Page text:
Ribbon-Cutting Marks the Opening of CELS

By

Published October 15, 2015
A A A Share
The Montclarion
Pres. Cole, Dean Prezant, Capt. Kelly and Hariri cut the ribbon Photo Credit: Patrick Eskay
Ribbon-Cutting

Pres. Cole, Dean Prezant, Capt. Kelly and Hariri cut the ribbon
Photo Credit: Patrick Eskay

The grand opening of the Center for Environmental Sciences and Life Sciences (CELS)  celebrated a new era of scientific studies and programs at Montclair State University by welcoming keynote speakers, including former NASA astronaut and U.S. Navy Captain and test pilot Mark Kelly on Tuesday, Oct. 13.

Before the reception started, The Montclarion was able to sit down and have a brief conversation with Captain Mark Kelly. When asked for advice to undergraduate students who are unsure to what career they might pursue, Mark Kelly answered, “It’s always important to find what you like to do, find out what about that subject interests you and then try to go into that field. I think that is so important.”

He noted that, from a young age, he had always been interested in space and aviation. Mark Kelly, who grew up in West Orange, was inspired by Buzz Aldrin, a native of Montclair.

On his experience piloting space shuttles, he informed the audience that, on his third mission into space, he had only one fellow crew member with space flight experience and “five rookies.” He said that his twin brother, Scott Kelly, is “now spending a year aboard the space station. [It is the] first time we have ever sent somebody into space for a year.” Mark Kelly also said that, from space, one could realize how thin the atmosphere is and mentioned how important environmental studies are in combatting this issue.

At the ribbon-cutting ceremony, President Susan A. Cole welcomed the crowd filling the brand new lecture hall and spoke about the building. She began with thanks to Donald Dinallo, CEO of Terminal Construction, and Greg Bressler, Vice President of Facilities Management, for the two newly completed buildings on campus. She said that “neither of these buildings on campus would have arrived” without them. Cole also mentioned the Building our Future Bond Act Initiative, which allowed the first capital investment in New Jersey in over 25 years. “What it meant of us on this campus were two very large and important facilities,” she added.

On the importance of the opening of CELS, Cole told her audience that in the past “students were turned down because there was not an extra seat in the laboratory. Young people in New Jersey [wanted] to study science and we were turning them away. Now we are turning that around.”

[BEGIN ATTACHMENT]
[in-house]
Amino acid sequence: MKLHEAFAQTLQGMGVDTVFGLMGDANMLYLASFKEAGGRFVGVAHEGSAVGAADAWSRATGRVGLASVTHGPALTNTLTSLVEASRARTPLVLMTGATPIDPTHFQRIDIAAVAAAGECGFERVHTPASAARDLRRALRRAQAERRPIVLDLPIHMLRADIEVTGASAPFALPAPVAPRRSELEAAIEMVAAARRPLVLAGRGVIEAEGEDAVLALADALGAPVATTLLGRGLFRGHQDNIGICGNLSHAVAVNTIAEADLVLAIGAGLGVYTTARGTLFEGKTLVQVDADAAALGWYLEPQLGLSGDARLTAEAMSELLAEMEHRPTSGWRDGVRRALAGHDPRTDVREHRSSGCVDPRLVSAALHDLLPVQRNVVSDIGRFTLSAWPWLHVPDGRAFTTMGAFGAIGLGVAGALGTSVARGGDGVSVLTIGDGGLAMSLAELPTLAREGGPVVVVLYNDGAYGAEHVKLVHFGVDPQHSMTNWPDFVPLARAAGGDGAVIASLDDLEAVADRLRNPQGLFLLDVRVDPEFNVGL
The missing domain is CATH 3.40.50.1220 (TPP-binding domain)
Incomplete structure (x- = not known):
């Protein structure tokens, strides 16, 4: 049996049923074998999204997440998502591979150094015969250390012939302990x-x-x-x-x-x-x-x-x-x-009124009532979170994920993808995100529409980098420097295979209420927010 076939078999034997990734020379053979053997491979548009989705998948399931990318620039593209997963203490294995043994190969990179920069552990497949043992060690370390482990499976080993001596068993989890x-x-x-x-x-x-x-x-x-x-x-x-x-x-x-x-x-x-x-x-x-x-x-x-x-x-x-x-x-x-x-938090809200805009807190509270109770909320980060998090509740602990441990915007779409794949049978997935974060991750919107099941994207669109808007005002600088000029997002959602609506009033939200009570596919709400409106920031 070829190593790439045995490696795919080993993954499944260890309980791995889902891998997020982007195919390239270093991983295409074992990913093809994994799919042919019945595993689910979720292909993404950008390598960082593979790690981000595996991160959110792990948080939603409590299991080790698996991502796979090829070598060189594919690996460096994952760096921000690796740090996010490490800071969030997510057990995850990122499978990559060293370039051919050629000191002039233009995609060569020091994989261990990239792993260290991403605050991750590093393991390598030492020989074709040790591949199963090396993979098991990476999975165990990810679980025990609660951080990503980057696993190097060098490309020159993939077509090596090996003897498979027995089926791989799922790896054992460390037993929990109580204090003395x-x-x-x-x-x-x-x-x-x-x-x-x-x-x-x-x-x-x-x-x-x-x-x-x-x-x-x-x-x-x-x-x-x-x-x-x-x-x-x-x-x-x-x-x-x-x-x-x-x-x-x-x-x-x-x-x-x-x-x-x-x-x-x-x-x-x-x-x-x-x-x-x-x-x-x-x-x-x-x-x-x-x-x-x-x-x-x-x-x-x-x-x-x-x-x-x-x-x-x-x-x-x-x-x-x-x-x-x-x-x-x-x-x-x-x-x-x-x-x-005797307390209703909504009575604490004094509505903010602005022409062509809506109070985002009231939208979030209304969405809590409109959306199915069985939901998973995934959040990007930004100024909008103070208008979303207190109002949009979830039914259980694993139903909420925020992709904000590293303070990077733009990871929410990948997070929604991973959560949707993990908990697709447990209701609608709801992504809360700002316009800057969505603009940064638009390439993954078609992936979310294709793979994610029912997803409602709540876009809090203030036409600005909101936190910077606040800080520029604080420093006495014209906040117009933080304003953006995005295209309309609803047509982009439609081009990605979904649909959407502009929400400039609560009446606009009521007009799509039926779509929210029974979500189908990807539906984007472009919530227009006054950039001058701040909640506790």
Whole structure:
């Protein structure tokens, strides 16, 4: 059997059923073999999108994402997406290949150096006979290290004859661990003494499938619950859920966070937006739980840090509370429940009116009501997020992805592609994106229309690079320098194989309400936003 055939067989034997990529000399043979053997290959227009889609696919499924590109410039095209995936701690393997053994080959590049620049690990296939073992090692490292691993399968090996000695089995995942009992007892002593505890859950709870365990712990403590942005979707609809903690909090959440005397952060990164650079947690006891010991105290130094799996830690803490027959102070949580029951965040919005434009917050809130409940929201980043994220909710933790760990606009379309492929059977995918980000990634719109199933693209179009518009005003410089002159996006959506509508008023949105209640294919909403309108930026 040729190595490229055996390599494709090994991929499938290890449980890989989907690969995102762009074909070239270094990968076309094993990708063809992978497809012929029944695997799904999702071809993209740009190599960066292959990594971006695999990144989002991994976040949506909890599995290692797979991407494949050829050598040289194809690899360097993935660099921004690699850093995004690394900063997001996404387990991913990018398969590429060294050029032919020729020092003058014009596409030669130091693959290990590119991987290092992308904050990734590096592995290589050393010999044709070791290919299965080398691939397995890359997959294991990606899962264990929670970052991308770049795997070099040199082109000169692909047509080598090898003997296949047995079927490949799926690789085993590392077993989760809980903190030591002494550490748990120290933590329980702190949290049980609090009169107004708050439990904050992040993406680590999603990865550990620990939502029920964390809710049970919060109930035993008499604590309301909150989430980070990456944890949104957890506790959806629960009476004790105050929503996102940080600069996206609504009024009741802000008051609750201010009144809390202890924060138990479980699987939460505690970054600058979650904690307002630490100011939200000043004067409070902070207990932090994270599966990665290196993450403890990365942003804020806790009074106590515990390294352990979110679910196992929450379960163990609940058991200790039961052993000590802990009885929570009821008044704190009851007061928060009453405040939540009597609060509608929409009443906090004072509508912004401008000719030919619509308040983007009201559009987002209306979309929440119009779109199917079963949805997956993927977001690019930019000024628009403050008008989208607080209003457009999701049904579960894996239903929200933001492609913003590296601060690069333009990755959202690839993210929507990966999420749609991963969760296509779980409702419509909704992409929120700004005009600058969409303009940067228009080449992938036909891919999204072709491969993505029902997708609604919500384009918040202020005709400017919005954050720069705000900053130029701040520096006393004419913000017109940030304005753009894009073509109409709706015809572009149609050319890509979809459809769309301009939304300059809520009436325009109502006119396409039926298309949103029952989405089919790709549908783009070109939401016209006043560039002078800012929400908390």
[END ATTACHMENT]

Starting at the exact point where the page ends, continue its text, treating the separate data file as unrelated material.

She concluded her speech by stating that, with more classrooms to satisfy students’ interests in science studies, “almost 3,000 students are studying in the science disciplines.”

Cole

President Cole gave the opening address at the panel following the ribbon-cutting
Photo Credit: Patrick Eskay

Robert Prezant, Dean of College of Sciences and Mathematics, then informed the audience of various research projects that will be taking place within CELS, such as studies on parasitic diseases and work with the Passaic River Institute. After this, Prezant introduced Mark Kelly and Robert Hariri, chairman, founder and chief scientific officer for Celgene Cellular Therapeutics, to the crowd. The ceremonial ribbon was cut and the panel began.

Prezant was the moderator for the panel and one of the first topics brought up was the studies being done on Mark Kelly and his identical twin brother, Scott Kelly. Mark Kelly told the crowd that due to their identical anatomy and respective times spent in space, they are the subjects of NASA’s twin study. They are studying the effects that brutal conditions of space will have on Scott Kelly after his year-long visit to the international space station.

panel

Guests filled the facility’s lecture hall
Photo Credit: Alex Gamboa

Mark Kelly was able to give us some insight into the rigors the human body endures while traveling in the airless vacuum. “When you leave the protection of our atmosphere and you go into orbit, you deal with physiological issues. You lose bone mass, [your bones] decalcify, your immune system gets depressed [and] if you close your eyes at night in space, you see little lighting strikes, [which are] gamma rays.”

Prezant then posed the question to Kelly and Hariri of how the scientific community should urge people to be more environmentally proactive when the media is partially skeptical of scientists. Kelly said in regard to the media skepticism, “I think there are a subset of them that have major issues with accepting scientific fact, because some of these things are no longer up for debate.”

Hariri responded to Prezant’s questions on the topic of government funding scientific research, stating, “This is a fact. Some the best investments in breakthrough, disruptive science [are] coming from [the] most successful entrepreneurs in technology.”

He then went on to mention Space-X, the first private aerospace company. The company’s CEO is Elon Musk, who is also the CEO of Tesla Motors as well as the scientific companies Kelly is a part of, such as Moon Express and Planetary Resources, two more privately owned space research companies.

Join the Conversation